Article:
Sunday, 12 June 2011

Hanasaku Iroha - Episode 11

It's the moment of truth for Kissuiso as episode eleven of Hanasaku Iroha begins - exactly how did they fare in the review of their establishment as it's finally published in the magazine in question?  The answer is that they scored a whopping five stars.  Out of ten.  Oh.

Needless to say, Kissuiso's staff are rather unhappy at this scoring, in particular the way the hotel was referred to as being beyond retro and with criticism of their bland food.  Still, it seems that they weren't the only inn to suffer, with all of the other hotels in the area also receiving low scores and largely critical reviews.  While most of the staff and establishments look to just "suck it up" and learn from the experience, Ohana simply won't accept what she sees as unjust criticism, and heads off on a "holiday" to confront the writer of the review directly.

Upon arriving in Tokyo however, it soon becomes clear that the writer of the article is none other than her own mother, writting without even visiting Kissuiso.  Of course, this makes Ohana even more furious, as she confronts her errant parent and demands that she re-write the review after actually visiting Kissuiso properly; something that her mother refuses to do even in the face of a one-girl sit-down protest outside her offices.  If this isn't bad enough for Ohana, her decision to catch up with Ko also backfires as she visits him at his new job at a book store only to see him being clung to by a girl he works with who is interested in him - although it seems to be a case of unrequited love, Ohana's confused emotions meld into a big, fat mess - a good job then that Minko and Tohru just happen to be on-hand to pick up the pieces.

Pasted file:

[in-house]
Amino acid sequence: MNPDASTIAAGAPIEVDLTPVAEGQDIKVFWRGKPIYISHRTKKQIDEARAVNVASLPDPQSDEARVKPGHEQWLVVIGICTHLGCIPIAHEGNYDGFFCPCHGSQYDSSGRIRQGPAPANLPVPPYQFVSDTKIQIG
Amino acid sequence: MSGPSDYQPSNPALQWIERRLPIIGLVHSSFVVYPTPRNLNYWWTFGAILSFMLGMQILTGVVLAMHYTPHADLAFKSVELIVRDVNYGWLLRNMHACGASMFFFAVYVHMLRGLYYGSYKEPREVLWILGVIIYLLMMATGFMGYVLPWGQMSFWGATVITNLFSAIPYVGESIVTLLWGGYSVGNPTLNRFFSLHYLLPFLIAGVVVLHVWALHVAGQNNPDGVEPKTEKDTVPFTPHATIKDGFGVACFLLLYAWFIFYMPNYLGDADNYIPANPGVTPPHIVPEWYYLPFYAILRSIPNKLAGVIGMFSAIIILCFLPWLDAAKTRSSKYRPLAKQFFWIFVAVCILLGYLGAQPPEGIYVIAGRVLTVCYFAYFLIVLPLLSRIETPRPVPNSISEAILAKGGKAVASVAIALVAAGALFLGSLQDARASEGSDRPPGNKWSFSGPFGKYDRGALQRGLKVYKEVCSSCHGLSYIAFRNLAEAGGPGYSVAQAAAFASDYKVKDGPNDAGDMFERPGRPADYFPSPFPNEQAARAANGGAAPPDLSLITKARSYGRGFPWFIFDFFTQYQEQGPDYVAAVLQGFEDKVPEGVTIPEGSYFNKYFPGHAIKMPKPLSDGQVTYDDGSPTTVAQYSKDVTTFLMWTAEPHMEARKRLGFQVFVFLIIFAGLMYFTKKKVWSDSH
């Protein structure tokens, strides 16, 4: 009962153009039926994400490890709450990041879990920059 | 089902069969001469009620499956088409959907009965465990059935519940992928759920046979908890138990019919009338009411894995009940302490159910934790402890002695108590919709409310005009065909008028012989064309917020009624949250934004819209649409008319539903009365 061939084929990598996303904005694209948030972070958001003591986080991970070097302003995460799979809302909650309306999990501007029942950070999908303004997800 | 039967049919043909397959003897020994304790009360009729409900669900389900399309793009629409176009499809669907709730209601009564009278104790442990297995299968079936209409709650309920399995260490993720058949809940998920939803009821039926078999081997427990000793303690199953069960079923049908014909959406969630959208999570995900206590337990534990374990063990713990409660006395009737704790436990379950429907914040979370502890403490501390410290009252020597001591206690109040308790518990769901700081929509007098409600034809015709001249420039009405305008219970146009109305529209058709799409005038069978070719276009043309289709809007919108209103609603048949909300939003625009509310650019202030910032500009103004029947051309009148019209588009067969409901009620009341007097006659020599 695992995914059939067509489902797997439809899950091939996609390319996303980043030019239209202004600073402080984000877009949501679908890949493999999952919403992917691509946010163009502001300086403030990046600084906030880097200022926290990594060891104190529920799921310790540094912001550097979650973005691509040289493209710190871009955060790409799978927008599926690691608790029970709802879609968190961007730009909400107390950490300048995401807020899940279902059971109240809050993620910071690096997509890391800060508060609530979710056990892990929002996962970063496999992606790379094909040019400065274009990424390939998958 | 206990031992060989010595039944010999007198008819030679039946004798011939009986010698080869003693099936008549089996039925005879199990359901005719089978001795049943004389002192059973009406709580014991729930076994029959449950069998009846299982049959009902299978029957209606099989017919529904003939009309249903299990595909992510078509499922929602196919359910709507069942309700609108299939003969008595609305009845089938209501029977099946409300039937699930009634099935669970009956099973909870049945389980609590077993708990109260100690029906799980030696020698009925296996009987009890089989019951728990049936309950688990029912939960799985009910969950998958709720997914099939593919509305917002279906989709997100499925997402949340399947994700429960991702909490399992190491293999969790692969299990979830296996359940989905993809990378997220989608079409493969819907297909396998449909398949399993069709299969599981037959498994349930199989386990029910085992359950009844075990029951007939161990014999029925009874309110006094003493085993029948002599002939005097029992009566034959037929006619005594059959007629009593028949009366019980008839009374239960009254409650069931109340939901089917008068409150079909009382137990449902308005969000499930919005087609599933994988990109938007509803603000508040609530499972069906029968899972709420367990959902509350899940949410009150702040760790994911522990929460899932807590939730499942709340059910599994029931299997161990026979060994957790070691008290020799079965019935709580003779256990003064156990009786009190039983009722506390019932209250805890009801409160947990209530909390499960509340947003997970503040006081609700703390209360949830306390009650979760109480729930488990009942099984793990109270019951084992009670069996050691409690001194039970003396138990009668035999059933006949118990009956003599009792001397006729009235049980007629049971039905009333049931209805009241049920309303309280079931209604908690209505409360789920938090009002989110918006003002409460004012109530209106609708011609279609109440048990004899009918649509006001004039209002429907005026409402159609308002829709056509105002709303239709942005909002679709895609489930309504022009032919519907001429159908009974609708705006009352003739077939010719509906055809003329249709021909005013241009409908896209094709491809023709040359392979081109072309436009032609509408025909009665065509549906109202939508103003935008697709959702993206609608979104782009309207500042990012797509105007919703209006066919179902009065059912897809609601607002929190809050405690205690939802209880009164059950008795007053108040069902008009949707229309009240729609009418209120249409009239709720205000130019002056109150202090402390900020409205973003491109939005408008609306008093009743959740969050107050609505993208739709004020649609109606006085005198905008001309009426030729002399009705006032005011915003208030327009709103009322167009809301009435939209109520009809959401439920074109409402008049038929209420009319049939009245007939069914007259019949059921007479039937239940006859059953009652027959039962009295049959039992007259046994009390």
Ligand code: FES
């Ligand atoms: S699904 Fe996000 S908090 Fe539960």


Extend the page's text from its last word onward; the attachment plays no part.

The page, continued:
I remember writing a fair few weeks back about how Ohana in particular somehow manages to perfectly straddle the line between a slightly ditzy, spontaneous and offbeat girl while still somehow also succeeding as an utterly believable portrayal of a teenager, and for me this episode shows off that ability fully.  This instalment of Hanasaku Iroha succeeds in throwing all of Ohana's confused feelings about love, work, parenthood and life in general into a big, tumultuous melting pot, leaving the poor girl in tears that she can neither comprehend nor explain.  If that isn't being a teenager at times to a tee, I don't know what is, and its arch and excellent portrayal that shifts from the hilarious to the surprisingly moving proves to be another notable feather in this great show's proverbial cap.

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